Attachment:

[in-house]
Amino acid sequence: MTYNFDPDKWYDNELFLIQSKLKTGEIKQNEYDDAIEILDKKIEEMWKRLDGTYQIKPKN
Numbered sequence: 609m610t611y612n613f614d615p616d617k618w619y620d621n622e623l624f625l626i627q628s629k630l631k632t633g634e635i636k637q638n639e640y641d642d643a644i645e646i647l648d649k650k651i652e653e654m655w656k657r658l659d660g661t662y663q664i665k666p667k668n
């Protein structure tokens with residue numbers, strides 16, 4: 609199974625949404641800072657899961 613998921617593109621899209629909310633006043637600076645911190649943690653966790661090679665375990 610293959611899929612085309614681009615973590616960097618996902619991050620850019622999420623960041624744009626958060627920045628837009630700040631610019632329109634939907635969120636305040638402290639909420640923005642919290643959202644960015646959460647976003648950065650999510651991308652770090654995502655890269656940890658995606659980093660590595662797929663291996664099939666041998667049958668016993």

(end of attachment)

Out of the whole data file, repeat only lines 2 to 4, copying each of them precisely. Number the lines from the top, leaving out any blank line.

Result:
Amino acid sequence: MTYNFDPDKWYDNELFLIQSKLKTGEIKQNEYDDAIEILDKKIEEMWKRLDGTYQIKPKN
Numbered sequence: 609m610t611y612n613f614d615p616d617k618w619y620d621n622e623l624f625l626i627q628s629k630l631k632t633g634e635i636k637q638n639e640y641d642d643a644i645e646i647l648d649k650k651i652e653e654m655w656k657r658l659d660g661t662y663q664i665k666p667k668n
């Protein structure tokens with residue numbers, strides 16, 4: 609199974625949404641800072657899961 613998921617593109621899209629909310633006043637600076645911190649943690653966790661090679665375990 610293959611899929612085309614681009615973590616960097618996902619991050620850019622999420623960041624744009626958060627920045628837009630700040631610019632329109634939907635969120636305040638402290639909420640923005642919290643959202644960015646959460647976003648950065650999510651991308652770090654995502655890269656940890658995606659980093660590595662797929663291996664099939666041998667049958668016993």